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All the power in the world won’t save the Xbox Series X if it doesn’t have any games

Published Feb 25th, 2020 6:04PM EST
Xbox Series X games
Image: Microsoft

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Much like Tyson Fury was in his highly-anticipated rematch against Deontay Wilder over the weekend, Sony was the undisputed winner of the last home console generation. The PlayStation 4 is the fourth best-selling console of all time, and may very well move up at least one more spot before it finally gets taken off the market. With such a sizable lead, it’s entirely possible that Sony doesn’t feel any pressure to reveal anything about the PlayStation 5 until it’s good and ready, but in the meantime, Microsoft has been building hype for the Xbox Series X uncontested.

In December, Microsoft surprised us with an unveiling of the Xbox Series X console at The Game Awards. And then on Monday, we learned just how powerful the Xbox Series X would be as Microsoft did a deep dive into the console’s specifications. They are as impressive as we could’ve imagined, but even with 12 teraflops of computing speed and a lightning-fast solid-state drive, there’s one thing I still need to see before I’m sold: Games.

It’s no secret that Microsoft struggled to keep up with Sony when it came to major exclusives as the generation wore on. In fact, back in 2017, I compared the tidal wave of stellar PS4-only games launching in the first two months of the year (Horizon Zero Dawn, Gravity Rush 2Kingdom Hearts HD 2.8 Final Chapter PrologueTales of BerseriaYakuza 0, Digimon World: Next Order, and Nioh) to the exclusives coming out on Xbox One (Halo Wars 2), and I could hardly believe it myself. That was three years ago, but it never really got better for Xbox owners.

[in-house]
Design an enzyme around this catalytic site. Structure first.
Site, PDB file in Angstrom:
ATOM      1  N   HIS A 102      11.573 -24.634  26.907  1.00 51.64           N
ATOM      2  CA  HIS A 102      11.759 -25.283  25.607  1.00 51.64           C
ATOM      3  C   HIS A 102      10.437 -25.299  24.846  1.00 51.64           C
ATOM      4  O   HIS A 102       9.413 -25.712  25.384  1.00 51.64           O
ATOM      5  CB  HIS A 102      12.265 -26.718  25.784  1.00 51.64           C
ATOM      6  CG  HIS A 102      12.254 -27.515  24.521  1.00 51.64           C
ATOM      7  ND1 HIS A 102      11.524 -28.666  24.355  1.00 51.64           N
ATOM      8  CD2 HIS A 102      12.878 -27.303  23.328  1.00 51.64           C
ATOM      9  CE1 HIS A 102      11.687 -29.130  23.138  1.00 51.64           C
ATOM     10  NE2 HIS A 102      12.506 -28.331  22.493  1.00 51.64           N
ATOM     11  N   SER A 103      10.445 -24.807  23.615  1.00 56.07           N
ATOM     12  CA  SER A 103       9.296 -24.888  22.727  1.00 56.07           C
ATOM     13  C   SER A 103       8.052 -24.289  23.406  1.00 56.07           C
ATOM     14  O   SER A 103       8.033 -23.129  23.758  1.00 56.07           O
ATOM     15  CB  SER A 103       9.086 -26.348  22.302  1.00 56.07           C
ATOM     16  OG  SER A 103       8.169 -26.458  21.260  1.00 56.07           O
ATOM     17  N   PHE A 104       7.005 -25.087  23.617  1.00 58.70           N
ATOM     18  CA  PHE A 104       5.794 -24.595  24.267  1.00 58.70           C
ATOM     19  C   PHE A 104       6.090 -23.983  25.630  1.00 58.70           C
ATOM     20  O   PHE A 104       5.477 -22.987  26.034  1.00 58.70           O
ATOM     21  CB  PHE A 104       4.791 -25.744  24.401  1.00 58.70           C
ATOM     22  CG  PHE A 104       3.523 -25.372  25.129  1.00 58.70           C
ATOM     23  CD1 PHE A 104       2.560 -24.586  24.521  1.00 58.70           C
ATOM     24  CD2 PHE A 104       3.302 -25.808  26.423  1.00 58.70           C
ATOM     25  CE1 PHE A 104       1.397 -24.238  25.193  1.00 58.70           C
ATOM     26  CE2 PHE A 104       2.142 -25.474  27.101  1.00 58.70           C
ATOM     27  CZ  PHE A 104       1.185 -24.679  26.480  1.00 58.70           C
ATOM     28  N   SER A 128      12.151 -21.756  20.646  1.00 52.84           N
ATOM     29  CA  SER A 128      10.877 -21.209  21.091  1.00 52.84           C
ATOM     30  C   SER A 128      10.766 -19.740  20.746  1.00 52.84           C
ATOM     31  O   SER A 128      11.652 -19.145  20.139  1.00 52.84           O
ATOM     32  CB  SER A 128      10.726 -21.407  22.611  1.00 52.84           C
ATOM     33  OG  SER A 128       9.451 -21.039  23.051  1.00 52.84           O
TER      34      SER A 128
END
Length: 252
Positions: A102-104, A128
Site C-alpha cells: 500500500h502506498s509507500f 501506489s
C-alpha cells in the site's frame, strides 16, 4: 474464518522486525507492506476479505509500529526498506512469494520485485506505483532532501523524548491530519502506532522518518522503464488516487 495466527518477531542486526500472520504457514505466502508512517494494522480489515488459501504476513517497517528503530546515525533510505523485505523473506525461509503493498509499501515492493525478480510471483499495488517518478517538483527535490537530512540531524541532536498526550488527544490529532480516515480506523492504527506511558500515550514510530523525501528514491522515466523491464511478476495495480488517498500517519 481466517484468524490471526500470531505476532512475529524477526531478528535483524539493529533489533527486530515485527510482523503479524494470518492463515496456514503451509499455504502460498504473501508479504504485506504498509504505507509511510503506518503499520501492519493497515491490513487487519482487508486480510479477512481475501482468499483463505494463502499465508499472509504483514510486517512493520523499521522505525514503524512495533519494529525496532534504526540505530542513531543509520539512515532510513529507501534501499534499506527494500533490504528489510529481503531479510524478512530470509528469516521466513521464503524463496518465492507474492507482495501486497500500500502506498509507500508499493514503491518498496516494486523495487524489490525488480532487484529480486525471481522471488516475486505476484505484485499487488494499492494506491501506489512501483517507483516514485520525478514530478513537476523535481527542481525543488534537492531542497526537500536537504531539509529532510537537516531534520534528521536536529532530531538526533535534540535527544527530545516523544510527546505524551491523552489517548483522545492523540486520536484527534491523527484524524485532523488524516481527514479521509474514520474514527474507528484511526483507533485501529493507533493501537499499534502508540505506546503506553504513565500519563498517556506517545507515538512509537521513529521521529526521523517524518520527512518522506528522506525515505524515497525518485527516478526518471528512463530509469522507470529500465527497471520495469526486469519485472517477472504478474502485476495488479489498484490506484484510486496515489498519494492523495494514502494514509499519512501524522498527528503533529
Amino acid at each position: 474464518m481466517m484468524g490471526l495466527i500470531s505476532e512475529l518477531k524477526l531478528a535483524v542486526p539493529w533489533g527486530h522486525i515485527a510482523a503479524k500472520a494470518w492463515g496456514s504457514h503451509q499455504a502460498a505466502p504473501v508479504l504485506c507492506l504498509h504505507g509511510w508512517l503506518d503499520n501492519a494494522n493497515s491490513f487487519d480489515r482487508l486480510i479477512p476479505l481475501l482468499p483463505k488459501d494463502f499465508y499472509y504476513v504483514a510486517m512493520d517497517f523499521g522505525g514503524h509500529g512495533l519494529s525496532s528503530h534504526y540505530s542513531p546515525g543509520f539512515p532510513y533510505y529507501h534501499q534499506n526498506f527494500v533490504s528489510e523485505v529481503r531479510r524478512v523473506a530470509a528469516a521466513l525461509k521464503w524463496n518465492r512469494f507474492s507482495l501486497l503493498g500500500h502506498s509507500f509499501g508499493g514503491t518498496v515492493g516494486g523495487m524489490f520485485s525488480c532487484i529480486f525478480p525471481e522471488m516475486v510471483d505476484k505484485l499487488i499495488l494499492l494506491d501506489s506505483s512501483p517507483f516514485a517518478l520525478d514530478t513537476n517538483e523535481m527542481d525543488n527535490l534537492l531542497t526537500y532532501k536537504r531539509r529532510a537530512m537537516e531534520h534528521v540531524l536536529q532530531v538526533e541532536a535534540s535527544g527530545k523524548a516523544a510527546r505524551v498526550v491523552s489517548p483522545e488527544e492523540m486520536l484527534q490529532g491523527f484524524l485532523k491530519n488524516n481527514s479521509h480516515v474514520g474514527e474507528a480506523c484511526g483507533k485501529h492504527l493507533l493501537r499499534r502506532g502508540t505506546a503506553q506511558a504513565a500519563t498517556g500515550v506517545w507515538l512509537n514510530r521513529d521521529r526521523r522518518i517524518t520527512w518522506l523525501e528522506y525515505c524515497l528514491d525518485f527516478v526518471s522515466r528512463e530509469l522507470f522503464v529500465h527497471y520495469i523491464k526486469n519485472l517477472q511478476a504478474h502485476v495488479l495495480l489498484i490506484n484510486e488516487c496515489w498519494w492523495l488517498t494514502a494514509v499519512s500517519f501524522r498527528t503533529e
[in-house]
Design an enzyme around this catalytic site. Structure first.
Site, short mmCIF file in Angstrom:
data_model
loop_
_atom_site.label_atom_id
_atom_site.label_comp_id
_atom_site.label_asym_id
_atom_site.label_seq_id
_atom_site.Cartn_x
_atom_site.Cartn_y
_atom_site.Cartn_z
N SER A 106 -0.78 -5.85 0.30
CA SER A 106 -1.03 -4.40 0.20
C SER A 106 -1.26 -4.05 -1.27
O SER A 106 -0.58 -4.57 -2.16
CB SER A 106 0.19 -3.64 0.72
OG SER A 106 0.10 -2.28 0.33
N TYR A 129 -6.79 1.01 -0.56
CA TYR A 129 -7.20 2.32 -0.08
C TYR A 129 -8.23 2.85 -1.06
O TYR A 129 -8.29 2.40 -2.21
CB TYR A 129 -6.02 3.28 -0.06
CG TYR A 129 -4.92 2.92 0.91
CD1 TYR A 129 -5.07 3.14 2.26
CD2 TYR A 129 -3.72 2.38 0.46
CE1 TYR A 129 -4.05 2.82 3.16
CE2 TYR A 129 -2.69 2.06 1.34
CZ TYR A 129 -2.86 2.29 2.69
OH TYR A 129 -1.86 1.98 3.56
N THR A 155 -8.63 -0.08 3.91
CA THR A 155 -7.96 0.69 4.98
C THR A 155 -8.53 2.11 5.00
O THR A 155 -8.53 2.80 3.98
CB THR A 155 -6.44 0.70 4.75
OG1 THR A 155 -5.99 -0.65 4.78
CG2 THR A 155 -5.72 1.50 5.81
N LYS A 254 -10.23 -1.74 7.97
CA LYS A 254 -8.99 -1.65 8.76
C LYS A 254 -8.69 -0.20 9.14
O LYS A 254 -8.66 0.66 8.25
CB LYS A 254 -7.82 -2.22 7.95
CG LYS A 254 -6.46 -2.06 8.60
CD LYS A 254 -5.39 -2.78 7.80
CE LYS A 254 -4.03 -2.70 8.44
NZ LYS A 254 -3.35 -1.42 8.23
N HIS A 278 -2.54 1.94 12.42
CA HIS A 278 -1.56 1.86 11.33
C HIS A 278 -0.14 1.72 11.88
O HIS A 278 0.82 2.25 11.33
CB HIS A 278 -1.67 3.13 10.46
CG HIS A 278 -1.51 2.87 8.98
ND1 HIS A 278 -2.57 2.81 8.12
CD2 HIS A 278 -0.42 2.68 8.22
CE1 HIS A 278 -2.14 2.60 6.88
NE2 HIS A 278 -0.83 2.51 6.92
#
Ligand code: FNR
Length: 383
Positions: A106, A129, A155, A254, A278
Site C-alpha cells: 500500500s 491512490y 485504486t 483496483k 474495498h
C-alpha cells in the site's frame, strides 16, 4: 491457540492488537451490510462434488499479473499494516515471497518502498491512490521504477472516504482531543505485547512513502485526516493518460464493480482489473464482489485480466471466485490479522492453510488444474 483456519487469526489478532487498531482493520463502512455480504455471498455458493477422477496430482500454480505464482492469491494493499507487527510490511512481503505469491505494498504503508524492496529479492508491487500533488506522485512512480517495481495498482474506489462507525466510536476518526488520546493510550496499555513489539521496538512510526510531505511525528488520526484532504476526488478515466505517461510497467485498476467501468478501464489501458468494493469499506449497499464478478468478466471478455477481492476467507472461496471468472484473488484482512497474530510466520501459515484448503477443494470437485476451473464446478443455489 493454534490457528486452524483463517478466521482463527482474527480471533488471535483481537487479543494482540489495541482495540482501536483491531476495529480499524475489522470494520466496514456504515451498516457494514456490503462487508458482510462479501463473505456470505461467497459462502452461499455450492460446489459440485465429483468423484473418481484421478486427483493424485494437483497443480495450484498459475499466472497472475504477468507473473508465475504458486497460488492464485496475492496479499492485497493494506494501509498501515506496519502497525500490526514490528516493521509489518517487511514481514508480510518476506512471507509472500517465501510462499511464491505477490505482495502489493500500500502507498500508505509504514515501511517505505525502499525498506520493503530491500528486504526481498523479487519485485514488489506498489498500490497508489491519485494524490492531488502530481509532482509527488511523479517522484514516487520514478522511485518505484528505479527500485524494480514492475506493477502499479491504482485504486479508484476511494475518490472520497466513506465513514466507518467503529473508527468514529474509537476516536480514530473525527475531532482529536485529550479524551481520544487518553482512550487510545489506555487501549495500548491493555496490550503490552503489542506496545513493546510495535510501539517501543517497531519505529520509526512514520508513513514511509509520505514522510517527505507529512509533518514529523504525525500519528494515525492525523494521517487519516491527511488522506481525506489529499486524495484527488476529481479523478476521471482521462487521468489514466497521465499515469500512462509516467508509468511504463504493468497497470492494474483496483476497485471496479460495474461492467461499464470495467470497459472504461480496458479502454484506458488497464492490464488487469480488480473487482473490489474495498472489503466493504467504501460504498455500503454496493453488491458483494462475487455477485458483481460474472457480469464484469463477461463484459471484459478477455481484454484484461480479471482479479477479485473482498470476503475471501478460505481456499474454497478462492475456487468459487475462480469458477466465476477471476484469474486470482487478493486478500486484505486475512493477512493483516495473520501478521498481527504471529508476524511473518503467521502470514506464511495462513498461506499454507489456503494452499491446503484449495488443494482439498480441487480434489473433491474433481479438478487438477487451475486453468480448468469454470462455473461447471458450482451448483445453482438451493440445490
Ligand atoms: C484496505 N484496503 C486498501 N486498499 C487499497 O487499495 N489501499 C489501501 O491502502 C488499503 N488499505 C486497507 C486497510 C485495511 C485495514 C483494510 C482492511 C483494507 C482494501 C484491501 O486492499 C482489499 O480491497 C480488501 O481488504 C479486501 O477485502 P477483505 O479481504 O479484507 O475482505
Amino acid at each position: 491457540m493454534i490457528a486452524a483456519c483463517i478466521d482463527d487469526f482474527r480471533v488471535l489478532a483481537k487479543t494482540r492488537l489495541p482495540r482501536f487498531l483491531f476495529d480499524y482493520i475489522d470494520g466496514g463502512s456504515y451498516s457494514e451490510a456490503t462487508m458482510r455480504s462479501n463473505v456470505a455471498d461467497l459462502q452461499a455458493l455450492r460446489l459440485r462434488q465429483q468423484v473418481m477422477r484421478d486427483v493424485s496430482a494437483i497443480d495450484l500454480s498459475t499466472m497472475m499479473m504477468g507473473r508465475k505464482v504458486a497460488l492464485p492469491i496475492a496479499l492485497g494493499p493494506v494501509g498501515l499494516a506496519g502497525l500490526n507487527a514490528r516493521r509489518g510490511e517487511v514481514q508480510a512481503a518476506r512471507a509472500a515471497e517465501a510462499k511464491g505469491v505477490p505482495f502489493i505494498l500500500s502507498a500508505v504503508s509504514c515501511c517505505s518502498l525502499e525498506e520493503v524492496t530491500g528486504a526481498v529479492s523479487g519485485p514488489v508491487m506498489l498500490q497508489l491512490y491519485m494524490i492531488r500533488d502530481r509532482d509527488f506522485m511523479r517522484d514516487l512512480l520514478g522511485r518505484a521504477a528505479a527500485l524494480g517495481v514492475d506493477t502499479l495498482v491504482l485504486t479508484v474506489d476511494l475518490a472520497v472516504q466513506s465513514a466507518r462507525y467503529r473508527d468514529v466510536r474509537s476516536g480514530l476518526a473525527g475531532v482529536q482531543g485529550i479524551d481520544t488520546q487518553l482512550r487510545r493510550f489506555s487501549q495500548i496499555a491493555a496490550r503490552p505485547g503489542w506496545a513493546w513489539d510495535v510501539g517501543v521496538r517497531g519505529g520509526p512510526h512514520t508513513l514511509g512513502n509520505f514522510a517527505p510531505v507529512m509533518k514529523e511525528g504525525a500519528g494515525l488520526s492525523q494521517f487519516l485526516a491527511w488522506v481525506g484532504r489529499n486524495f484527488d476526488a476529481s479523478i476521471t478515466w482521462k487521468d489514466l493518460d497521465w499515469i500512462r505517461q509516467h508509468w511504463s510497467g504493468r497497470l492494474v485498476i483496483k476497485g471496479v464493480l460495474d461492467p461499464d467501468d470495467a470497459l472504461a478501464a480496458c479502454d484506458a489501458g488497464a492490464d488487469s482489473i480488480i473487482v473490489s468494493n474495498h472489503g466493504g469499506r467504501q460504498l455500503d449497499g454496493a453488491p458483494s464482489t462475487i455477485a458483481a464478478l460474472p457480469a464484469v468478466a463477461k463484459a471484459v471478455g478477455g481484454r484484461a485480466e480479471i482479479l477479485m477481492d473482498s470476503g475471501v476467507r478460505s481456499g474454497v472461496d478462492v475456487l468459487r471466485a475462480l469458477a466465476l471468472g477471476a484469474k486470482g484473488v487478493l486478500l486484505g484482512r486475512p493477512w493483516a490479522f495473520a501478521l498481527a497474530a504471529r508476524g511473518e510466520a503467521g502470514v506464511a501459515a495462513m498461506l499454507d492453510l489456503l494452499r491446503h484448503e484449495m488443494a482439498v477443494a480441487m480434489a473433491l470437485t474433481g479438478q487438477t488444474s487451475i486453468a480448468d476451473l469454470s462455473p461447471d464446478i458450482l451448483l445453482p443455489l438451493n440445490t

As the Xbox One continued to flounder, Xbox boss Phil Spencer and his team seemingly had no choice but to admit defeat and begin working toward the next generation. Sony remained relatively quiet about its plans for the future, but Spencer was excited to let everyone know exactly how Microsoft was going to return to form. For example, in the past two years alone, Microsoft has acquired several big game studios, including Ninja Theory, Undead Labs, Compulsion Games, Playground Games, inXile Entertainment, Obsidian Entertainment, and Double Fine Productions.

Along with Mojang (Minecraft), Rare (Banjo-Kazooie), and a bunch of others, these are now all subsidiaries of Xbox Game Studios, which means Microsoft will have no excuses if the Xbox Series X ever experiences any long droughts without major exclusives. All of these acquisitions were made with an eye to the future, and that future finally arrives this fall when the Xbox Series X hits store shelves all around the world.

It’s worth noting that “exclusive” means something different for the Xbox brand in 2020 than it did in 2013. As Xbox Game Studios head Matt Booty explained in a recent interview that for the next year or two, “all of our games, sort of like PC, will play up and down that family of devices.” So, in other words, every major first-party title that hits the Xbox Series X for at least the next year will also launch natively on Xbox One. Those games, such as Halo Infinite, will take advantage of the power of the Series X, but they won’t be “exclusives” in the traditional sense.

As chaotic and confusing as the months prior to the Xbox One launch were, Spencer and his team seem to have a much more cohesive plan for the rollout of the Xbox Series X. We know enough to start getting excited, but there will still be plenty to talk about at E3 2020. We’ve seen the foundation that the company has laid for this generation, and it seems unlikely that Microsoft will repeat the mistakes of the last generation. The only thing we haven’t seen is how the frontrunner, Sony, will respond. But, for now, Microsoft has the stage to itself.

Jacob Siegal
Jacob Siegal Associate Editor

Jacob Siegal is Associate Editor at BGR, having joined the news team in 2013. He has over a decade of professional writing and editing experience, and helps to lead our technology and entertainment product launch and movie release coverage.